Divorce gets more complex when children are involved. You might worry, "I am disabled and my husband wants a divorce, will I lose my kids?" Courts base child custody decisions on the best interest of the child. Having a disability does not automatically disqualify you from having custody. For instance, Sara, who has a visual impairment, was worried she would lose custody of her children. However, the court acknowledged her dedicated parenting and ability to provide a loving, nurturing environment.

Deciphering Alimony in the Context of Disability

Navigating through alimony decisions can be daunting. If you're thinking, "I am disabled and my husband wants a divorce, how will I survive financially?", remember that the law considers your situation. Courts often consider the financial needs of the disabled spouse. Marianne, who has a chronic illness, was awarded spousal support to help cover her medical costs and living expenses.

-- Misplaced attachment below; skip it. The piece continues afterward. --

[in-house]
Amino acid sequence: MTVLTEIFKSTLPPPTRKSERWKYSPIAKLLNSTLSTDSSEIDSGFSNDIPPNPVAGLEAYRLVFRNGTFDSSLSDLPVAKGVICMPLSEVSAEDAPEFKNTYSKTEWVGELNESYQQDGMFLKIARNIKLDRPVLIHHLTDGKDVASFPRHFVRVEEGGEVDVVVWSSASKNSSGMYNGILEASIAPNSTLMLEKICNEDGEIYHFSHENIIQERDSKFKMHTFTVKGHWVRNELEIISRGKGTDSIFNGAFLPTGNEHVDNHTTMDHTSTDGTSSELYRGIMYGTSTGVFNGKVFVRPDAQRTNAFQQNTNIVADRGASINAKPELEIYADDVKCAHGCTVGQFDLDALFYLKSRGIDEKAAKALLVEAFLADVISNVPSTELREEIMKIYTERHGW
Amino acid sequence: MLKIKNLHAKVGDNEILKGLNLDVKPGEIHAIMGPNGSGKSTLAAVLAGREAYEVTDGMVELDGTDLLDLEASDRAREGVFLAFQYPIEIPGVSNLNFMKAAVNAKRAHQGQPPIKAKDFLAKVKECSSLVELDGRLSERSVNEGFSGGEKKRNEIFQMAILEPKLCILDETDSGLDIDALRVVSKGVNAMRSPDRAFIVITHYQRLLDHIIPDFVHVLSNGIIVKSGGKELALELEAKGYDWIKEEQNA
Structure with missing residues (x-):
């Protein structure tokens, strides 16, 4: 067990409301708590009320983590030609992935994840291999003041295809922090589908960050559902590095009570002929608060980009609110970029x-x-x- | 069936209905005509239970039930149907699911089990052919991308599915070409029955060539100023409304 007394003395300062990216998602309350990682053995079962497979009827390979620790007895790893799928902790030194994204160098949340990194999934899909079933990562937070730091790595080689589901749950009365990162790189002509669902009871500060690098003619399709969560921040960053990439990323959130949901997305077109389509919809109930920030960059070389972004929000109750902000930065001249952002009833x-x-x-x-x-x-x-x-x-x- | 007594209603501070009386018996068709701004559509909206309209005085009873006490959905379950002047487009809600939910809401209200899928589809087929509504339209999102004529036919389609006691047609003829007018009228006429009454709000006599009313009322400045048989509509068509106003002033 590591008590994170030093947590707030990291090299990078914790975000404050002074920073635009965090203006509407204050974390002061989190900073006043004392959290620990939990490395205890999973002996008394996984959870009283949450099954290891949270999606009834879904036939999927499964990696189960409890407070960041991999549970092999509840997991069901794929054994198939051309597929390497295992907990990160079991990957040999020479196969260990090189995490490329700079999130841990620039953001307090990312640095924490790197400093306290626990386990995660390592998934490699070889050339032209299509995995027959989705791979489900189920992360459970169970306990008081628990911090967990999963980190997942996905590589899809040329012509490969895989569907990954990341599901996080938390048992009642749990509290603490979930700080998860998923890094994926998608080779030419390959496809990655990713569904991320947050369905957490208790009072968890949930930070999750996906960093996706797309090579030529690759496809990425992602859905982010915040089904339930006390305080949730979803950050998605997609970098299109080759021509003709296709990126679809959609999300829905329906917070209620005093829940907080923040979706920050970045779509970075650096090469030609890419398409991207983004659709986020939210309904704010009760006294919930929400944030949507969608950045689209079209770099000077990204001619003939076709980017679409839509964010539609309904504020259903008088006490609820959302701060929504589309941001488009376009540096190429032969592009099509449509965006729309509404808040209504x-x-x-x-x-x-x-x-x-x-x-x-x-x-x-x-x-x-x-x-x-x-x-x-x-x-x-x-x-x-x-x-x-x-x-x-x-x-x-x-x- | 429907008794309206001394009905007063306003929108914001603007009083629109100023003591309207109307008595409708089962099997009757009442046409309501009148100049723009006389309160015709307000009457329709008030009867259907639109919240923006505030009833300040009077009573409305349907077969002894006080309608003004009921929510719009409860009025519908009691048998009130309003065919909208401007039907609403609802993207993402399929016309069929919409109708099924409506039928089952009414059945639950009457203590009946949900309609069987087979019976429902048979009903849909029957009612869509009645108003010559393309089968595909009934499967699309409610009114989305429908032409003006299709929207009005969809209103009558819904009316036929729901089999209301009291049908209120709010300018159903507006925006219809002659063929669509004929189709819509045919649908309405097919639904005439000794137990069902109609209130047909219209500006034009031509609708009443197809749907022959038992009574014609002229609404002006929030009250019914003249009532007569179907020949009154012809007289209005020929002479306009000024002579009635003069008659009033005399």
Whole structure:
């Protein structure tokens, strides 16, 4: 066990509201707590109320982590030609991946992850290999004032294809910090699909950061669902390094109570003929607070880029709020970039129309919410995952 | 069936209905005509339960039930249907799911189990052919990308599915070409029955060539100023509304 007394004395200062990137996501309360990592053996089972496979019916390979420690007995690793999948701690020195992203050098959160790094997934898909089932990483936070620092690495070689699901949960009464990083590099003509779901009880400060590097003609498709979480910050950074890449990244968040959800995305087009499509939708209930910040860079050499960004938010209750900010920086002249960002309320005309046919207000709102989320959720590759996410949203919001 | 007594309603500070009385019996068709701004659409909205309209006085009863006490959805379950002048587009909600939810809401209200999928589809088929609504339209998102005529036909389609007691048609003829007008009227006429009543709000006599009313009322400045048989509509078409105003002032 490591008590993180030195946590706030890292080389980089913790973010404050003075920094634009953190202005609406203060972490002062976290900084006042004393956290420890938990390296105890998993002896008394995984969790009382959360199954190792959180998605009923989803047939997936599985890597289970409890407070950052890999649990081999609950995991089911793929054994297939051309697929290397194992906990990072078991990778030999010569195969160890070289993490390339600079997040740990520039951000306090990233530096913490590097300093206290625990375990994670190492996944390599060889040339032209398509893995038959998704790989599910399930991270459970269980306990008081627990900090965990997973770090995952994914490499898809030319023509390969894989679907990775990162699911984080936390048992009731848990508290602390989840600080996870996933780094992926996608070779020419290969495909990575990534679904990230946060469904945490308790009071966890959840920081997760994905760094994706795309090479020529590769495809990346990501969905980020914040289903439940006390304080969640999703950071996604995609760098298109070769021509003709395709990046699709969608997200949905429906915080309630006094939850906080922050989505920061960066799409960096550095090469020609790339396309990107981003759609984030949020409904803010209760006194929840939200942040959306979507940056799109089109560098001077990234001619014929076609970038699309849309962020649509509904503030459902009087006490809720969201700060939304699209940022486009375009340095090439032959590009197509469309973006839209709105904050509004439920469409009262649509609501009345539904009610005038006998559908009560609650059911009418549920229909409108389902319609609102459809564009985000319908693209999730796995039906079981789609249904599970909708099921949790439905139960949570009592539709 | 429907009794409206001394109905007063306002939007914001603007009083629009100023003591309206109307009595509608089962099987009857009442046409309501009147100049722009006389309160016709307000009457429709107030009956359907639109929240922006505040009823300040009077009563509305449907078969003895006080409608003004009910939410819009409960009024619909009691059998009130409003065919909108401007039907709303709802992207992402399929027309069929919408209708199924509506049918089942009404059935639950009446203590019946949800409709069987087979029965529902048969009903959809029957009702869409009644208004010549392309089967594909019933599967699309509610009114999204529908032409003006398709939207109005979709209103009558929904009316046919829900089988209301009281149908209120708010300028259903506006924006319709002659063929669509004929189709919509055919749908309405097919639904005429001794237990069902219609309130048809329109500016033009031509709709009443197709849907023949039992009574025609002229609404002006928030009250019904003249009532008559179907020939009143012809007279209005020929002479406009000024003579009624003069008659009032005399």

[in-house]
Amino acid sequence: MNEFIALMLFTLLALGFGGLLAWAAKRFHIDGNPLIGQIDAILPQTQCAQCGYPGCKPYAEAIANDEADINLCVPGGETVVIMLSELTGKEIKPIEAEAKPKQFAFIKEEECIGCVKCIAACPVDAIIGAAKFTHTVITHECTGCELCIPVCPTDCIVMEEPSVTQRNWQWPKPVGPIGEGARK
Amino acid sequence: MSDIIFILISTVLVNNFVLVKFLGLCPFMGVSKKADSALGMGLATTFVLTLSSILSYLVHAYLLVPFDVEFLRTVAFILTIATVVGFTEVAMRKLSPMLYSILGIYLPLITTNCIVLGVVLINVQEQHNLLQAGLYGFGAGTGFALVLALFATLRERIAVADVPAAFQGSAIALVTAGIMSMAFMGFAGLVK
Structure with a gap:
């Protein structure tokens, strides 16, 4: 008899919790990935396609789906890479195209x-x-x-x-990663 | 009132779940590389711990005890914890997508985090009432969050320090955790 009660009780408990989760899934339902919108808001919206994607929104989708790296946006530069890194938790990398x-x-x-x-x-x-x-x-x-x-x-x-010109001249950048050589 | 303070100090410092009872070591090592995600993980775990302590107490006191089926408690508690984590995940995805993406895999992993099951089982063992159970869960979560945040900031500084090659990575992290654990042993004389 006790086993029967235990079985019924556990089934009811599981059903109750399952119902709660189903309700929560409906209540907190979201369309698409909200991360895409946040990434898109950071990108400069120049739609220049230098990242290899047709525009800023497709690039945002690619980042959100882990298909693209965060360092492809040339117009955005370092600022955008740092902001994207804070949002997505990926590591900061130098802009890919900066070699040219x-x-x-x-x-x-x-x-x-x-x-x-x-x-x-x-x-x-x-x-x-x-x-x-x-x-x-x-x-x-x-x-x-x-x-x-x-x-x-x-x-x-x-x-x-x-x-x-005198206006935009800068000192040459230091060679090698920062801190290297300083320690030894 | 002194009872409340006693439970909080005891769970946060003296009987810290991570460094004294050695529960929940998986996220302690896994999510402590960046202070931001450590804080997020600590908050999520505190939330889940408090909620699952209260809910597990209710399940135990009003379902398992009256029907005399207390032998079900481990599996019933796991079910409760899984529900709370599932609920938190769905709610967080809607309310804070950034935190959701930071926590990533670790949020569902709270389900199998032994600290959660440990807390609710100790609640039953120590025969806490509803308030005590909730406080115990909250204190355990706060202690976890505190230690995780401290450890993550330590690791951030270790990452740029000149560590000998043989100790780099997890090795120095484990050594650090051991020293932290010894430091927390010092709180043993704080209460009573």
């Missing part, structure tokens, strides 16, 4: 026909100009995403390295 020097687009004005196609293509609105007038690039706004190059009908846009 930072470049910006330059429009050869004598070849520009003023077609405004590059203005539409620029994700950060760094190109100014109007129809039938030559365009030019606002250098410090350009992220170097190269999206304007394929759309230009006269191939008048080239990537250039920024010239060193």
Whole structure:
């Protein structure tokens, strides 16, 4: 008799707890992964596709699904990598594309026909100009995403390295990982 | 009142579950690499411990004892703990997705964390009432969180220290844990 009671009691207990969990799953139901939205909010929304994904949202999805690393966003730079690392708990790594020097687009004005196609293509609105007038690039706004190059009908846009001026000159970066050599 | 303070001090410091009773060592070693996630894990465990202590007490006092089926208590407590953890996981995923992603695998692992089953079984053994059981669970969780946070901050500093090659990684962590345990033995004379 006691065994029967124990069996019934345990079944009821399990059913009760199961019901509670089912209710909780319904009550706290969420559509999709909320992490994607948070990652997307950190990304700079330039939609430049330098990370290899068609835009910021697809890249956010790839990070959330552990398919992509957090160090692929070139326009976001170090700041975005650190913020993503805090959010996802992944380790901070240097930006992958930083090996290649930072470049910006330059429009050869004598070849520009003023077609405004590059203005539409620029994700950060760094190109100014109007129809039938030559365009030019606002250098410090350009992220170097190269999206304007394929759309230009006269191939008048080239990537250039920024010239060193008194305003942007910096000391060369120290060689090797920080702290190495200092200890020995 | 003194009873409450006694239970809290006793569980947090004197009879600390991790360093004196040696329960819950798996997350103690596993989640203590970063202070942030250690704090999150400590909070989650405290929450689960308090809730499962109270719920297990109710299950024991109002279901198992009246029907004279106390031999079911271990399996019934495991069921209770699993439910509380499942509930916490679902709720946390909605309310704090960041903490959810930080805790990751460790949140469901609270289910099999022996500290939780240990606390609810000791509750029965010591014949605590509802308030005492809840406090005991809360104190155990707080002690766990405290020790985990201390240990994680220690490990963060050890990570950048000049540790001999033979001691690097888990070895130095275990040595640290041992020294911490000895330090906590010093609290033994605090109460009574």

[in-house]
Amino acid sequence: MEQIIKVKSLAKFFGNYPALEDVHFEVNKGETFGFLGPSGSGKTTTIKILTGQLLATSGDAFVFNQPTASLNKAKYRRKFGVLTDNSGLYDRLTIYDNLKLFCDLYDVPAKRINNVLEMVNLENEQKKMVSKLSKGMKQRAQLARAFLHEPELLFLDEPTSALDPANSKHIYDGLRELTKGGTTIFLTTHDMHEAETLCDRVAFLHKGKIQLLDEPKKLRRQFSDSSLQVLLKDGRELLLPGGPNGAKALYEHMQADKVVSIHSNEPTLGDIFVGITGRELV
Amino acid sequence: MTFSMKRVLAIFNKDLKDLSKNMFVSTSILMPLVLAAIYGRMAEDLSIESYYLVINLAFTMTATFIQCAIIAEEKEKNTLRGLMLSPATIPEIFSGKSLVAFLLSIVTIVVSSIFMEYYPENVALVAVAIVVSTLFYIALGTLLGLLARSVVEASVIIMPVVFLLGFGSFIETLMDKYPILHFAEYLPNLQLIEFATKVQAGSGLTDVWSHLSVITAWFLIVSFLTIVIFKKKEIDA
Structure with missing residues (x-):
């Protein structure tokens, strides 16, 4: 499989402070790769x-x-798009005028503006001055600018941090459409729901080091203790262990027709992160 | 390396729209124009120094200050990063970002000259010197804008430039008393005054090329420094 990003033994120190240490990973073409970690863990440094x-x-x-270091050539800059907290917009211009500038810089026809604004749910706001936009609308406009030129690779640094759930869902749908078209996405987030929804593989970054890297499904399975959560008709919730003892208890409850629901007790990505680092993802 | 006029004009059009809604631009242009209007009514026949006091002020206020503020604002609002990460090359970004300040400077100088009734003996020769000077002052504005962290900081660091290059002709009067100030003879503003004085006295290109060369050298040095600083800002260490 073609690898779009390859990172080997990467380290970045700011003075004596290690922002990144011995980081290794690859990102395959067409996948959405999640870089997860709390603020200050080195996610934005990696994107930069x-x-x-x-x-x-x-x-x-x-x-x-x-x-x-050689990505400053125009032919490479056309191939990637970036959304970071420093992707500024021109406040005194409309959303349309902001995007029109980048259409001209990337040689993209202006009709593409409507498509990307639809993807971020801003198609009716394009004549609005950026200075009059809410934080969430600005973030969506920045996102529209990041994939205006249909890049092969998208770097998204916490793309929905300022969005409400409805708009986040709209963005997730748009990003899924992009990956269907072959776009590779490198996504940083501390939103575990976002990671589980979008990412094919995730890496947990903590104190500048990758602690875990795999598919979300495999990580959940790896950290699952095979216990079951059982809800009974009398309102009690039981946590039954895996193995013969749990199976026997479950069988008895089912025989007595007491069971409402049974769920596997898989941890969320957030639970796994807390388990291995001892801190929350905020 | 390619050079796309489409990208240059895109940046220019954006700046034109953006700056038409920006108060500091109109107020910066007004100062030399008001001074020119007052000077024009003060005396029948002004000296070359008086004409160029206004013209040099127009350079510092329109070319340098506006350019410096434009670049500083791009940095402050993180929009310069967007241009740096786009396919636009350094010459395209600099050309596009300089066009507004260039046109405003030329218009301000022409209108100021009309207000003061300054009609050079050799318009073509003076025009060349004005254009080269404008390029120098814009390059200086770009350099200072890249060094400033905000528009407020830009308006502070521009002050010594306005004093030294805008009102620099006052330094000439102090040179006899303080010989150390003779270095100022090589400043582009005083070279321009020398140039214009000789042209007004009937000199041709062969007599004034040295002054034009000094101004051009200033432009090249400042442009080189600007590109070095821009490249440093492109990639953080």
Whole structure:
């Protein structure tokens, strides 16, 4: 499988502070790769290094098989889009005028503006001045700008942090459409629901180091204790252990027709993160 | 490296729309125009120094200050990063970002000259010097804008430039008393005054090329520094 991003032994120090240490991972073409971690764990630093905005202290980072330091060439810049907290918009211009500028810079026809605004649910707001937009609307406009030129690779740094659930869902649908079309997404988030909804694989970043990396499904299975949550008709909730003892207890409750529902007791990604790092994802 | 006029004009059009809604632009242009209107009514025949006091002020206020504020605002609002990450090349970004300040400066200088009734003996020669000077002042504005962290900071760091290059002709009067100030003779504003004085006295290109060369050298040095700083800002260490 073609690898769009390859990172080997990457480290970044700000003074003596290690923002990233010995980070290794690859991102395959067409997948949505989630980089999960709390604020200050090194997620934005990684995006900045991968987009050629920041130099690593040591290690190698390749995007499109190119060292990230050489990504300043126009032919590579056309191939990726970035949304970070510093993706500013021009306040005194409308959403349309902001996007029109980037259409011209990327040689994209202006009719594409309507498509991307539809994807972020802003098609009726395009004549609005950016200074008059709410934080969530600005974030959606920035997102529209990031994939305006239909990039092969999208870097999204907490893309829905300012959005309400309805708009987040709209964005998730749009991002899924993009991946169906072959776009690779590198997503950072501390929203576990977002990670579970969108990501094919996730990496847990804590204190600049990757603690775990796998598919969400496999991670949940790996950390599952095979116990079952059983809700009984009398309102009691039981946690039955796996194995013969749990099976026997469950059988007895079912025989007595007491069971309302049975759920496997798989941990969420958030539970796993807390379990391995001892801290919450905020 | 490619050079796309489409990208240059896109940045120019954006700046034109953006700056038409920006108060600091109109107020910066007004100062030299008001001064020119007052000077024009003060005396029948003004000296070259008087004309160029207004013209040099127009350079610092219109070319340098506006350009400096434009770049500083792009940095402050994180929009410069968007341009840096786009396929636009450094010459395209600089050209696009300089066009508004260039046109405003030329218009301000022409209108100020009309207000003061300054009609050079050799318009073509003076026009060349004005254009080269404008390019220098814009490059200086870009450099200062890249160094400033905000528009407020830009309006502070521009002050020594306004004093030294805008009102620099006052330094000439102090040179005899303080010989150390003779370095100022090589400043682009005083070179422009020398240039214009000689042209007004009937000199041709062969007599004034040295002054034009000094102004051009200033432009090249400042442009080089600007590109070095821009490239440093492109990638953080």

Health Insurance: A Vital Concern

Health insurance is a critical concern in these situations. Divorce might jeopardize your coverage if you are on your husband's insurance. It's vital to discuss this with your attorney. Anne, a woman with Multiple Sclerosis, ensured her divorce settlement included provisions for maintaining her health insurance, mitigating any potential coverage loss.

How Disability Advocacy Groups Can Help

Disability advocacy groups can provide vital resources during a divorce. They offer guidance, support, and sometimes legal help. Roger, a man with a mobility impairment, got legal advice and emotional support from a local disability advocacy group during his divorce.